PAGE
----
Friday, May 08, 2009

Robert Leroy Johnson

From Wiki: Robert Leroy Johnson (May 8, 1911 – August 16, 1938) was an American blues musician, among the most famous of Delta blues musicians. His landmark recordings from 1936–1937 display a remarkable combination of singing, guitar skills, and songwriting talent that have influenced generations of musicians. Johnson's shadowy, poorly documented life and death at age 27 have given rise to much legend.

Considered by some to be the "Grandfather of Rock 'n' Roll", his vocal phrasing, original songs, and guitar style have influenced a broad range of musicians, including Muddy Waters, Bob Dylan, Jimi Hendrix, Led Zeppelin, The Rolling Stones, Johnny Winter, Jeff Beck, and Eric Clapton, who called Johnson "the most important blues singer that ever lived".He was also ranked fifth in Rolling Stone's list of 100 Greatest Guitarists of All Time.

He is an inductee of the Rock and Roll Hall of Fame.

Johnson's fame among Blues aficionados is established by his guitar work and songwriting. However he is best known in the popular mind because of the legend that he gained his talent by selling his soul to the Devil one midnight at a Mississippi crossroads.

The legend gained some traction due to the recurrent "Devil" theme in Johnson's surviving works. Although only 29 recorded songs survive four of them (13%) feature a "devil" theme. Crossroad Blues, Me and the Devil Blues, Preaching Blues (Up Jumped the Devil) and Hellhound on My Trail all suggest a preoccupation with a Satanic theme.

Johnson is also reported to have fed the legend of the crossroads in personal conversations, however no direct witnesses have ever gone on the record. One other alleged confirmation of the "sold his soul" legend comes from noted bluesman Son House who knew Johnson as a child. House reports that Johnson would follow him around and try, with little success, to copy his guitar style. House then says that he lost contact with Johnson "for a brief time" and that when he next saw Johnson he had achieved an "unmatched technique" with the guitar.

However Johnson biographers have investigated this part of his life have established that the time in which Johnson and House were out of contact was at least two years; enough time for someone with Johnson's innate talent to have begun to develop a distinctive musical style.

Another way in which the "deal with the Devil" legend entered the popular culture was through the movie O' Brother Where Art Thou which featured a character named "Tommy Johnson" who testified that he had sold his soul to the Devil in exchange for mastery of the guitar.

Finally the TV series Supernatural aired an episode titled Crossroads which began with Mr. Johnson playing in a Mississippi juke joint when the "hellhound" came to collect his soul. The episode developed the theme of a demon who shows up a crossroads to make deals for people's souls. The Crossroads Demon has become a recurring character/theme in Supernatural.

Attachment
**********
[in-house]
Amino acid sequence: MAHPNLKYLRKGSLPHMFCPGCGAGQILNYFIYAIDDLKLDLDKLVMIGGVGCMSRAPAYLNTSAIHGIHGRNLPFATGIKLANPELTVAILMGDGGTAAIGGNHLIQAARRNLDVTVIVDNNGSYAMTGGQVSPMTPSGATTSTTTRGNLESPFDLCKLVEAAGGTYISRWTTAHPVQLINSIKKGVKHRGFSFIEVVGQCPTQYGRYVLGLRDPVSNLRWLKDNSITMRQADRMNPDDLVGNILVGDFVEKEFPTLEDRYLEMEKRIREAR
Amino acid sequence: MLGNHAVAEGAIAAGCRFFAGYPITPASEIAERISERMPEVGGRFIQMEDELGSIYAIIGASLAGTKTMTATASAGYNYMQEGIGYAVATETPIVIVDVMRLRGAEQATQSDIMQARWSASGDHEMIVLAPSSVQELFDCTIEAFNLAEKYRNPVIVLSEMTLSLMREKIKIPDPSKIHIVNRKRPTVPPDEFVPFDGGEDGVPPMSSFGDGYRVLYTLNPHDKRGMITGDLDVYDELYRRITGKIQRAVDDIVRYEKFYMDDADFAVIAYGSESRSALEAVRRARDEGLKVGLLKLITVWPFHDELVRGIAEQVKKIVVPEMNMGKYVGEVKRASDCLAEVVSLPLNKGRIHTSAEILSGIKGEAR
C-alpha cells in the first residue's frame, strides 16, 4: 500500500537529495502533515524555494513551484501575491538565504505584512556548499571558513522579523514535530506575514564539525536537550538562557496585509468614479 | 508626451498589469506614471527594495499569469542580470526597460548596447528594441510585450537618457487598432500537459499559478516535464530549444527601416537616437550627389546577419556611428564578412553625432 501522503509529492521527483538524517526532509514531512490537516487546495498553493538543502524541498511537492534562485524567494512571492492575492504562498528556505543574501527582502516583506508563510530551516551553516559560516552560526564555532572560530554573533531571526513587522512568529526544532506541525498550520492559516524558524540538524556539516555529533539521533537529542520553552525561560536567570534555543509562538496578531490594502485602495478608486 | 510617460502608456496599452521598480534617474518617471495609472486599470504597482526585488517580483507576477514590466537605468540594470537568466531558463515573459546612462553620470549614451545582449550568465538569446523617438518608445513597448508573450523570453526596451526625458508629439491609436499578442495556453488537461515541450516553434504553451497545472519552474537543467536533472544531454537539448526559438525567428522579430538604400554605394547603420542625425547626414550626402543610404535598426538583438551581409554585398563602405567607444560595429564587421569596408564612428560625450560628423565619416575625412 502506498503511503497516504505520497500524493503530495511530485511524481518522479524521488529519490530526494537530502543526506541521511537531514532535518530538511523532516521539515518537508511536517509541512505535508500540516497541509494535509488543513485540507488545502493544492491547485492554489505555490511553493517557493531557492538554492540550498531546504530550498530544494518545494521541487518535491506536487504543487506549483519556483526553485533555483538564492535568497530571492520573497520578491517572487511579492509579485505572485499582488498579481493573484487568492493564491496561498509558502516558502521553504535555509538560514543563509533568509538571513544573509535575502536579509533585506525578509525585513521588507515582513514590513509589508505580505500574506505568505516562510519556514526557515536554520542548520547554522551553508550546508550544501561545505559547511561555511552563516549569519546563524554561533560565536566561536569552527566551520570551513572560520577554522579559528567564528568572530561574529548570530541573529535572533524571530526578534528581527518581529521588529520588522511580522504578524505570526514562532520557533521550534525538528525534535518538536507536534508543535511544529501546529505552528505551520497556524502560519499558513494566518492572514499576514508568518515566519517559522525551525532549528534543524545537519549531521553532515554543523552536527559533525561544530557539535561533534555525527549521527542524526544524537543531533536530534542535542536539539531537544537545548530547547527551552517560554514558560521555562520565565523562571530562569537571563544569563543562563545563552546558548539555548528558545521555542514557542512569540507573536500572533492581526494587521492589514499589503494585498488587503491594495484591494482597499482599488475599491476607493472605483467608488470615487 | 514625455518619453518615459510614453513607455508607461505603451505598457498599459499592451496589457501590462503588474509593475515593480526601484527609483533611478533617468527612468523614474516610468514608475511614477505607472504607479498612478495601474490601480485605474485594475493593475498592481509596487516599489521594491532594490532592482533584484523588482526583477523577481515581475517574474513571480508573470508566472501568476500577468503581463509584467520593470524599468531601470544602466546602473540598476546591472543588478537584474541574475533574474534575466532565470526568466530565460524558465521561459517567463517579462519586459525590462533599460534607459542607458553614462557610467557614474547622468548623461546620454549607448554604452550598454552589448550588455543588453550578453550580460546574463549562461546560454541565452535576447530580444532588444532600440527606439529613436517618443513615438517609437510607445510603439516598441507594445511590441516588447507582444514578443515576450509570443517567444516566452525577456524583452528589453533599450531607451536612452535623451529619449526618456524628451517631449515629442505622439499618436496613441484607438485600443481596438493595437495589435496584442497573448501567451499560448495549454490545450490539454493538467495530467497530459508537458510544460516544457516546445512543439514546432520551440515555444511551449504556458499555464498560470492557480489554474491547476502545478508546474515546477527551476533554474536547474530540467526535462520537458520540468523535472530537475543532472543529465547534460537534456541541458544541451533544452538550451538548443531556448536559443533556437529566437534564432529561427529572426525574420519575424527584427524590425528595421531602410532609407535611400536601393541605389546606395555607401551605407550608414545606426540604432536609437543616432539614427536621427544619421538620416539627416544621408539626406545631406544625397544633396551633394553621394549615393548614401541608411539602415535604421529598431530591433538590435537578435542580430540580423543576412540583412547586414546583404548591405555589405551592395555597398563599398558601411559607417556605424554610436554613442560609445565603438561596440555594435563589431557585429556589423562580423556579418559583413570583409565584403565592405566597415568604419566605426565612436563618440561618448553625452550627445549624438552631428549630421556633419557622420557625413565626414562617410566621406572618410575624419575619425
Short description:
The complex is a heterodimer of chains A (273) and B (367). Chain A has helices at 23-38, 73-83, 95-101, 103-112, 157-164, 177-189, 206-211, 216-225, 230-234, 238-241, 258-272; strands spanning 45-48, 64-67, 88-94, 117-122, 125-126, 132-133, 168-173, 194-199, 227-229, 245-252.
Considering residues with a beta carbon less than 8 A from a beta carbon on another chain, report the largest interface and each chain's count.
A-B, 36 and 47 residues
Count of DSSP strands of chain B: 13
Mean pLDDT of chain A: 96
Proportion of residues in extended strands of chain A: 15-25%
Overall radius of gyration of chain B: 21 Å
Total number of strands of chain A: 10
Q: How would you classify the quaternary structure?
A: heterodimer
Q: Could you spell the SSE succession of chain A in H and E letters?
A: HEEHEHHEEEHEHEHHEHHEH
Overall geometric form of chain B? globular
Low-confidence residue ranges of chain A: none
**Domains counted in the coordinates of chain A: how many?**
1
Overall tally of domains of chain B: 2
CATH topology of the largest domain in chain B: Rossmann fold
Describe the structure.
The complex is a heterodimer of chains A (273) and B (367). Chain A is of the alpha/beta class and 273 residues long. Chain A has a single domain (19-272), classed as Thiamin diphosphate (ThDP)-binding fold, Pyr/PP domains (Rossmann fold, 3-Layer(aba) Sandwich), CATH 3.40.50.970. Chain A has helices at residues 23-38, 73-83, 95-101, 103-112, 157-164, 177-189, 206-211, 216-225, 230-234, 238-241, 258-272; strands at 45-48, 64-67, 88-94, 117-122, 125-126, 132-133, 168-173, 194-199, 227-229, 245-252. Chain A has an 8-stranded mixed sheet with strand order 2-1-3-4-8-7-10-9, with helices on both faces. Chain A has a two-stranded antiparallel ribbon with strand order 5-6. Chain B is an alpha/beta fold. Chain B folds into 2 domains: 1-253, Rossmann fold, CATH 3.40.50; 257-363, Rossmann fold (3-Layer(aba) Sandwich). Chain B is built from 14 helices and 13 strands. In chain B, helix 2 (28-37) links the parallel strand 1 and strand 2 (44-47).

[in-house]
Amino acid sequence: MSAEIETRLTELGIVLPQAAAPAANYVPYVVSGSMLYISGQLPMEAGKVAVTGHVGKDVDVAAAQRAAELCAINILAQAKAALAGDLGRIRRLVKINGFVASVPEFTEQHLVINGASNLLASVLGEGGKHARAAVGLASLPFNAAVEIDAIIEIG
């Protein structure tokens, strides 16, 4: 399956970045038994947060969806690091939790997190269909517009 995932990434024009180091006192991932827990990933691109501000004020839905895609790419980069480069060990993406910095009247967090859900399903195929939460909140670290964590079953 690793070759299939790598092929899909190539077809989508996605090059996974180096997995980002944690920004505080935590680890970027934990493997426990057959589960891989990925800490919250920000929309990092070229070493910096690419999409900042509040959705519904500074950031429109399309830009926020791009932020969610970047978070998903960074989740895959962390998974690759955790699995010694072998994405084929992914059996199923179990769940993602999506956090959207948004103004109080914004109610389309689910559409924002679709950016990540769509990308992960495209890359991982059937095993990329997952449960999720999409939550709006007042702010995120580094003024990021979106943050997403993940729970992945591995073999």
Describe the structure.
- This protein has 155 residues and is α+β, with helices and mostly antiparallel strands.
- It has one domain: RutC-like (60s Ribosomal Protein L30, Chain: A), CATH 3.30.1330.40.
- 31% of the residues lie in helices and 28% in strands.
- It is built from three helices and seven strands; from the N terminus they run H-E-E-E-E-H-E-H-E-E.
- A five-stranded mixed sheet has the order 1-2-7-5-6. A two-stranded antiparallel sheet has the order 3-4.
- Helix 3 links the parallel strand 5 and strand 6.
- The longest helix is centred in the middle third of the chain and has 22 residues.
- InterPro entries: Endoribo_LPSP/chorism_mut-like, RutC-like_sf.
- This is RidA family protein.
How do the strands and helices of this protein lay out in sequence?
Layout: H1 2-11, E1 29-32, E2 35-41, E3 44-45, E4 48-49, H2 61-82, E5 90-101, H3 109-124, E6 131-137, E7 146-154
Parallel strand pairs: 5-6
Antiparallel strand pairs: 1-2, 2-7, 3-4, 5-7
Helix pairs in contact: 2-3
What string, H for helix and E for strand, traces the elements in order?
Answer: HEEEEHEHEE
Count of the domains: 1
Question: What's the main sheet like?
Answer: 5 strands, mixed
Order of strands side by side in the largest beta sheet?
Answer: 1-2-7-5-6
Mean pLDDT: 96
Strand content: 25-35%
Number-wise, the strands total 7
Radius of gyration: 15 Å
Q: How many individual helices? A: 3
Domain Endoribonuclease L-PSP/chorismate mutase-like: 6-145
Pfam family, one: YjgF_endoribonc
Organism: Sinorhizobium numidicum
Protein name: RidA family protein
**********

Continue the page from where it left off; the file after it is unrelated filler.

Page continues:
Johnson's Death, from Wiki:

In the last year of his life, Johnson is believed to have traveled to St. Louis and possibly Illinois, and then to some states in the East. He spent some time in Memphis and traveled through the Mississippi Delta and Arkansas. By the time he died, at least six of his records had been released in the South as race records.

His death occurred on August 16, 1938, at the age of 27 at a country crossroads near Greenwood, Mississippi. He had been playing for a few weeks at a country dance in a town about 15 miles (24 km) from Greenwood.

There are a number of accounts and theories regarding the events preceding Johnson's death. One of these is that one evening Johnson began flirting with a woman at a dance. One version of this rumor says she was the wife of the juke joint owner who unknowingly provided Johnson with a bottle of poisoned whiskey from her husband, while another suggests she was a married woman he had been secretly seeing. Researcher Mack McCormick claims to have interviewed Johnson's alleged poisoner in the 1970s, and obtained a tacit admission of guilt from the man.

When Johnson was offered an open bottle of whiskey, his friend and fellow blues legend Sonny Boy Williamson knocked the bottle out of his hand, informing him that he should never drink from an offered bottle that has already been opened. Johnson allegedly said, "don't ever knock a bottle out of my hand." Soon after, he was offered another open bottle of whiskey and accepted it, and it was that bottle that was laced with strychnine.

Honey Boy Edwards, another blues musician was present, and essentially confirms this account. Johnson is reported to have started to feel ill into the evening after drinking from the bottle and had to be helped back to his room in the early morning hours. Over the next three days, his condition steadily worsened and witnesses reported that he died in a convulsive state of severe pain—symptoms which are consistent with strychnine poisoning. Strychnine was readily available at the time as it was a common pesticide and, although it is very bitter-tasting and extremely toxic, a small quantity dissolved in a harsh-tasting solution such as whiskey could possibly have gone unnoticed but still produced the symptoms (over a period of days due to the reduced dosage) and eventual death that Johnson experienced.

Other researchers have cast doubts upon this account, but what is beyond dispute is that Johnson died at a young age depriving the world of a major talent.

Here are four of Johnson's songs. The first two are Johnson himself. The first is Hellhound on my trail:

Next is Me and The Devil Blues:

Finally there are two covers of Johnson songs by modern musicians. The first is Eric Clapton and Buddy Guy performing Sweet Home Chicago. The next is Led Zeppelin performing Traveling Riverside Blues:

I love the way Zeppelin captures Johnson's guitar style.